blog home Divorce New Census Data Finds Divorce in U.S. Declining, But “Seven-Year Itch” Persists

New Census Data Finds Divorce in U.S. Declining, But “Seven-Year Itch” Persists

By Sheryl Rentz on May 23, 2011

Recently released data from the Census Bureau shows that divorces in the United States have leveled off slightly after decades of increase, with couples now somewhat more likely to reach 10 years of marriage. However, the “seven-year itch,” the trend of couples divorcing after seven years of marriage, was found to have carried on, reports ABC News. The new data finds that almost one out of every two first marriages is estimated to end in divorce, with about 46 percent of marriages not lasting until their 25th wedding anniversary.

The data is based upon the most recent figures from the Survey of Income and Program Participation, conducted by the Census Bureau, which surveyed 55,497 adults who have been or are married. According to the data, about 75 percent of people who have been married since 1990 reported they had been married for 10 years, which is an increase of about three percent for people who were married in the 1980s, when divorce rates peaked in the U.S. Divorce rates were the highest in the 1960s and 1970s, after laws were passed that made it easier to divorce.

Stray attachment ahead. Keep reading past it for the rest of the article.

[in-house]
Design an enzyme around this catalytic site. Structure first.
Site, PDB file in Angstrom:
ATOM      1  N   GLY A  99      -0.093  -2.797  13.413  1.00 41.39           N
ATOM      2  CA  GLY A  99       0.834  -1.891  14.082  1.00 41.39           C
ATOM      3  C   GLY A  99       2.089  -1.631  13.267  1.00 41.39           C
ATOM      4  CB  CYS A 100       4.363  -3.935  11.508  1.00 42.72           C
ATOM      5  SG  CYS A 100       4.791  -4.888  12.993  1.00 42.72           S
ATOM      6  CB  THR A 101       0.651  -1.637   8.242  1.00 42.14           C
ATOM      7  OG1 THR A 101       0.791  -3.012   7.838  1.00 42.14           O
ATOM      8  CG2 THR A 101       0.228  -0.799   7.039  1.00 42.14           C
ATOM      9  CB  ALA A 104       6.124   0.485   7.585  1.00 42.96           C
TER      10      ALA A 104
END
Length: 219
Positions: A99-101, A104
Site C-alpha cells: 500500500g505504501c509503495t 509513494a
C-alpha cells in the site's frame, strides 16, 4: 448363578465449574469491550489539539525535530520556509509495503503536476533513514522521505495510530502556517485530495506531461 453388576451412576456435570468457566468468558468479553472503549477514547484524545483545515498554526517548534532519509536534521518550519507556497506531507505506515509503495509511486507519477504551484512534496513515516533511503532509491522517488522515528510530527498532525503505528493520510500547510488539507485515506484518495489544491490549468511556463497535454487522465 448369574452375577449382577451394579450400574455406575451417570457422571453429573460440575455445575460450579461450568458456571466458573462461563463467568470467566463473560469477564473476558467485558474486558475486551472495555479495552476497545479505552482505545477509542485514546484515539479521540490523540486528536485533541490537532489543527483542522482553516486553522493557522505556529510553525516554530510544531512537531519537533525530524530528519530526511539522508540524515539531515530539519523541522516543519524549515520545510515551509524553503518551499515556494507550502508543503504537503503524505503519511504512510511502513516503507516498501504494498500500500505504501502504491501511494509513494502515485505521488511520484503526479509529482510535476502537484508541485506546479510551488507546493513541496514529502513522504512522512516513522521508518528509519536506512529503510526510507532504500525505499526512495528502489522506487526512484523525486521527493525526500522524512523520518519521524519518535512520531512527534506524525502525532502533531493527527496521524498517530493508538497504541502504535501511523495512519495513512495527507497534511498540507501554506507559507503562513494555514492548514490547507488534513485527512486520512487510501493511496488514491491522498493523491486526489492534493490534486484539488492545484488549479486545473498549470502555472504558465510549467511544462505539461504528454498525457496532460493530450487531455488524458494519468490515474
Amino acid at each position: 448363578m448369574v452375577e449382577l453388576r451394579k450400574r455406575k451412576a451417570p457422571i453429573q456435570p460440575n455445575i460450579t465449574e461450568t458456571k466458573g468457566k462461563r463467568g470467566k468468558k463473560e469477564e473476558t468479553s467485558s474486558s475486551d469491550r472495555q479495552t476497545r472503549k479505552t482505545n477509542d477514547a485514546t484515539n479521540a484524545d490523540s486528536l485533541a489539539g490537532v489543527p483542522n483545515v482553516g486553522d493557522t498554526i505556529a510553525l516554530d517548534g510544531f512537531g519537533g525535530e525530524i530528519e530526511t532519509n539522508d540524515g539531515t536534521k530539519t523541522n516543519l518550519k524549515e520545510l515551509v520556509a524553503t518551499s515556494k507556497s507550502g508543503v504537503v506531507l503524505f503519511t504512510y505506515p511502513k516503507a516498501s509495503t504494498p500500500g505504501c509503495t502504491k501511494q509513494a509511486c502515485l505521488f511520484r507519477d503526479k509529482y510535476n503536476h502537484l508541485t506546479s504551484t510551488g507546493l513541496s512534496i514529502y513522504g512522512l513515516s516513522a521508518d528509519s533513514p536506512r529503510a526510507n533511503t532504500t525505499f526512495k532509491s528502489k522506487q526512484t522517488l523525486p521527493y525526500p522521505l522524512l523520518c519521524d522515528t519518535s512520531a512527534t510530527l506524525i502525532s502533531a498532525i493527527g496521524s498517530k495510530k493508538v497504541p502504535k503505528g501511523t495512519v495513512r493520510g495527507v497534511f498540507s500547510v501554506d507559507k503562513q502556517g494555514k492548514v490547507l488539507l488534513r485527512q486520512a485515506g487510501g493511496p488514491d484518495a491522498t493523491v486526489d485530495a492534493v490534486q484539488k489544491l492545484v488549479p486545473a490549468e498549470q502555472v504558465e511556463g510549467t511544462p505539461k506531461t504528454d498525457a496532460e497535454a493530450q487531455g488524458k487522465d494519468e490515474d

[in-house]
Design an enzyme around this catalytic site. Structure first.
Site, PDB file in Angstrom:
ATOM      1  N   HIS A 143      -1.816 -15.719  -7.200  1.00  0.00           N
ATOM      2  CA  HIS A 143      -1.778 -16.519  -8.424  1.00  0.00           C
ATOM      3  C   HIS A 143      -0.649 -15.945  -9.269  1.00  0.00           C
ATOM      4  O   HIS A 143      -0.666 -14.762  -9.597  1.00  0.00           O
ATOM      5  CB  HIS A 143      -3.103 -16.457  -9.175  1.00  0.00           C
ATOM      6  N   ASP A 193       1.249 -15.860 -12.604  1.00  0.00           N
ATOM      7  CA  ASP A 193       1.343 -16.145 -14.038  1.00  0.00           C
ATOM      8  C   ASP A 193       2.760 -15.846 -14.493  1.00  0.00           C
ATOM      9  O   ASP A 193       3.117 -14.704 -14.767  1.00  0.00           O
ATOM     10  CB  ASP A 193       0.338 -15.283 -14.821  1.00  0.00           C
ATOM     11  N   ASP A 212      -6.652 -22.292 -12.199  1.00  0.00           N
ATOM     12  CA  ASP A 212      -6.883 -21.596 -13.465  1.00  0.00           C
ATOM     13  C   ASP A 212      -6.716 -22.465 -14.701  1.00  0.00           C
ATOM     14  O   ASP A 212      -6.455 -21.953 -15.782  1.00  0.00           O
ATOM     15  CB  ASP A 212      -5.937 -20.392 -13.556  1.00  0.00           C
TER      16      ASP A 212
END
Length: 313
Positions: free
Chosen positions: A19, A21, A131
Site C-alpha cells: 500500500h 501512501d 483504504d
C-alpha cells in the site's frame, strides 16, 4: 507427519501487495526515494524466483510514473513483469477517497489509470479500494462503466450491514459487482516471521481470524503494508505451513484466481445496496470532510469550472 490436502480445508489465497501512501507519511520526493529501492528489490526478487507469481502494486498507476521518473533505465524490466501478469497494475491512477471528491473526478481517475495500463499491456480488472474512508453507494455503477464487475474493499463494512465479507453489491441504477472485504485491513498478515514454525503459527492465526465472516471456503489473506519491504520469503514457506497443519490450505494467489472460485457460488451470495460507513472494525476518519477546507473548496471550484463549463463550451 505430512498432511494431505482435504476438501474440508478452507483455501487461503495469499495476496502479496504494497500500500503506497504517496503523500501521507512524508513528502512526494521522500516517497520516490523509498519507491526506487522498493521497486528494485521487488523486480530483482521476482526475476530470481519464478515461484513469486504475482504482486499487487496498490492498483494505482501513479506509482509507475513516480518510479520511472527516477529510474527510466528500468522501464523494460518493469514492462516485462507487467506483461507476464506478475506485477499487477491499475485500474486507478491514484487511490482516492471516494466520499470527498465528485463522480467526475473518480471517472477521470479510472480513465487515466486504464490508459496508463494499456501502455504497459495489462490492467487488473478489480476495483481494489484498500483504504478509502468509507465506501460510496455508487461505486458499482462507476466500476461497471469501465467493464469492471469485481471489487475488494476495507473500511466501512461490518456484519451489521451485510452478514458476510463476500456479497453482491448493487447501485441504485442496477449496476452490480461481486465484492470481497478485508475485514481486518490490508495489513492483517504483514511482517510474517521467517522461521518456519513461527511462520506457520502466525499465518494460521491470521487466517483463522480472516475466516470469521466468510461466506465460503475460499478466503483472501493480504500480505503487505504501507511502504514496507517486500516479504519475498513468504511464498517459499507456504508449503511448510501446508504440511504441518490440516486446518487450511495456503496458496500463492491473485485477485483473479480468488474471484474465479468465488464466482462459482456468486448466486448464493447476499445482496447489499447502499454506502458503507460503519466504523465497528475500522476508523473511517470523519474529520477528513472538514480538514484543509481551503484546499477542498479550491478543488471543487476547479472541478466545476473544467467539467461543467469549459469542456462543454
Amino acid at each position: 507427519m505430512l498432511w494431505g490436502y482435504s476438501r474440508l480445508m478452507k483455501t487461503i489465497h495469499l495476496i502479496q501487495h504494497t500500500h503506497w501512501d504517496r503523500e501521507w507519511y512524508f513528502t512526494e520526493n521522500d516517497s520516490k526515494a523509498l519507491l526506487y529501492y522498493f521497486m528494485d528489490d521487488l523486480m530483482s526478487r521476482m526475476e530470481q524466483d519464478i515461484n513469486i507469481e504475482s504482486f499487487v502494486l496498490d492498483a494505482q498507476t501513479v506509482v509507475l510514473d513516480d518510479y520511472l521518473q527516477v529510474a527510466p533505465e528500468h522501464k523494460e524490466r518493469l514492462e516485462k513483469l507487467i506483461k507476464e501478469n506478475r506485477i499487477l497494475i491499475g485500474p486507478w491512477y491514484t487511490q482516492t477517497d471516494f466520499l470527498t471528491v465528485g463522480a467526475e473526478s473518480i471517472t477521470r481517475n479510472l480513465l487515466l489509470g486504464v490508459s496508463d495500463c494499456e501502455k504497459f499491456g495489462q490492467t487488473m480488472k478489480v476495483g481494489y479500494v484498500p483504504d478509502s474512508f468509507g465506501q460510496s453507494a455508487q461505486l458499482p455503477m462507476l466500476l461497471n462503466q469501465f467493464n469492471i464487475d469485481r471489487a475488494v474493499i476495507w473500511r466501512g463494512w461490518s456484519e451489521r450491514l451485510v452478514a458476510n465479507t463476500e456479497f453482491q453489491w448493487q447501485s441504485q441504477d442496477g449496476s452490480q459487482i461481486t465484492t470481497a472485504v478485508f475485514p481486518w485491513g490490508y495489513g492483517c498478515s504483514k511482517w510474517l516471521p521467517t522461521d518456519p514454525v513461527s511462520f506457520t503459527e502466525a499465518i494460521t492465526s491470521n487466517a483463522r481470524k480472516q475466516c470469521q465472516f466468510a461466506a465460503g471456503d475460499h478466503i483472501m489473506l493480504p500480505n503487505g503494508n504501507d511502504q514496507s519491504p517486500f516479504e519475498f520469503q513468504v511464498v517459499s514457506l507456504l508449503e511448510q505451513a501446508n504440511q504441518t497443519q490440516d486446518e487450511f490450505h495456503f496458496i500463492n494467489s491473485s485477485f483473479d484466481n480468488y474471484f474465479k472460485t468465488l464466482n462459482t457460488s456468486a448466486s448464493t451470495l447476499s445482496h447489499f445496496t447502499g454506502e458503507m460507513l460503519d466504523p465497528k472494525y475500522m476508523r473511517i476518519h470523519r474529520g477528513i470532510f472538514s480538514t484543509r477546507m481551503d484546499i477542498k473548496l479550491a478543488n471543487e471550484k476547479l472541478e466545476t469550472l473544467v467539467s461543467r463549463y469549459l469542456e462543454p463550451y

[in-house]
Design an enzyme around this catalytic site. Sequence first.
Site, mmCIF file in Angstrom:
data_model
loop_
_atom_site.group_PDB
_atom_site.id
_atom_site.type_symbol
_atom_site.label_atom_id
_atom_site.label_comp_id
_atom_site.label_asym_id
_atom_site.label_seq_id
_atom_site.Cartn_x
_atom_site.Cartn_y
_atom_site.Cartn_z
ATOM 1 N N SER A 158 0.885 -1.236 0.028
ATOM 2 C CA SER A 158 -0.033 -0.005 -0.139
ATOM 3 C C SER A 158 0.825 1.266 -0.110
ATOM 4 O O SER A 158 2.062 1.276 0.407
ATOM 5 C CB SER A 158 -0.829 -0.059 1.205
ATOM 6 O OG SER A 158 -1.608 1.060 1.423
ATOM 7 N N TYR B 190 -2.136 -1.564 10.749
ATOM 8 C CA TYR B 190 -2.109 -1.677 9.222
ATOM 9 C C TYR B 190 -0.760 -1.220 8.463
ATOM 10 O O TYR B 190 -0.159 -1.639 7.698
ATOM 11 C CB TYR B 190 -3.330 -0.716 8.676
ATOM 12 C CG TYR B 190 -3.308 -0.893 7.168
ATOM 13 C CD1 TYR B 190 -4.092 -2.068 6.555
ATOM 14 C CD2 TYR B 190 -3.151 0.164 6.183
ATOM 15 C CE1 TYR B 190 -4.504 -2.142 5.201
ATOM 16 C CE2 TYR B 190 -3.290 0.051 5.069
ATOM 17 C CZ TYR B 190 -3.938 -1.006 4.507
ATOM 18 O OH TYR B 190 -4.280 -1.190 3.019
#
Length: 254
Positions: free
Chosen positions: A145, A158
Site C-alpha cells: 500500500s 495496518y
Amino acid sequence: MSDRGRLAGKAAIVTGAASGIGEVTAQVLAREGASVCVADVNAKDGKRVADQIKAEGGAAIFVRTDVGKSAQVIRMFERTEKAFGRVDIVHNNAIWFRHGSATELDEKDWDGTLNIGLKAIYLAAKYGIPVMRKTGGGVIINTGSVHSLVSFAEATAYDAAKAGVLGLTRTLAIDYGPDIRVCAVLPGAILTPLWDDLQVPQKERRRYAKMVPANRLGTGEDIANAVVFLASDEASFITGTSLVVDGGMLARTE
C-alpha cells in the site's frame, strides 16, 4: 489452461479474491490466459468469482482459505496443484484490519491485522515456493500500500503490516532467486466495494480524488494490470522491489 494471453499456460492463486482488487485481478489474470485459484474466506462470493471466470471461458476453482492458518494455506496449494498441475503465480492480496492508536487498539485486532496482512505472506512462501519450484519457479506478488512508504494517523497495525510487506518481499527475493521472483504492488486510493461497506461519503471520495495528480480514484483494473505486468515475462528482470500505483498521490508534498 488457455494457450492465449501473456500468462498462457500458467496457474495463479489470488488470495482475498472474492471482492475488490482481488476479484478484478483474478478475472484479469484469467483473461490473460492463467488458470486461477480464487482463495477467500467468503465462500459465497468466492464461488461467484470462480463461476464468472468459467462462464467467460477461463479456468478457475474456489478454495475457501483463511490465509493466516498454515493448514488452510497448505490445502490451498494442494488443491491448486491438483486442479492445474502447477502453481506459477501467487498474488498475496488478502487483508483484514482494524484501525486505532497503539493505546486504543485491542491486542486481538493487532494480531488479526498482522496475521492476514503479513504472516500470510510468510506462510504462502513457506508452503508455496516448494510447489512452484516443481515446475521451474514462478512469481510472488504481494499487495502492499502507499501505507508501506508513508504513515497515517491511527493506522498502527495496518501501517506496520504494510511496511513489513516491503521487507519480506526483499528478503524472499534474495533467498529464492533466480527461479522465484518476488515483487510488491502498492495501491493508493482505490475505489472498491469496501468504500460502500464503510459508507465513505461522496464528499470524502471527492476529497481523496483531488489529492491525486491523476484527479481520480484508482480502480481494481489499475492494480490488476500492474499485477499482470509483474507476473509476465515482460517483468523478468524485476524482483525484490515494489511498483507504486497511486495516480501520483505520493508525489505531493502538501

Based upon the new data, couples who did divorce separated after about seven years of marriage, on average, and divorced one year later. The trend is often referred to as the “seven-year-itch.” For people who got remarried, typically, four years passed before they did so.

The Census Bureau partially credits the slight decline in divorce to the recent increase in couples who chose cohabitation instead of marriage, as well as the increase in the average age of marrying couples as many chose to wait before entering into long-term commitments.

For many years, Philadelphia divorce lawyer Sheryl R. Rentz has assisted many clients as they navigate through the complexity of the divorce process, helping them determine a solution that best fits their needs. If you have questions about getting a divorce in Pennsylvania, call 610-645-0100 today.

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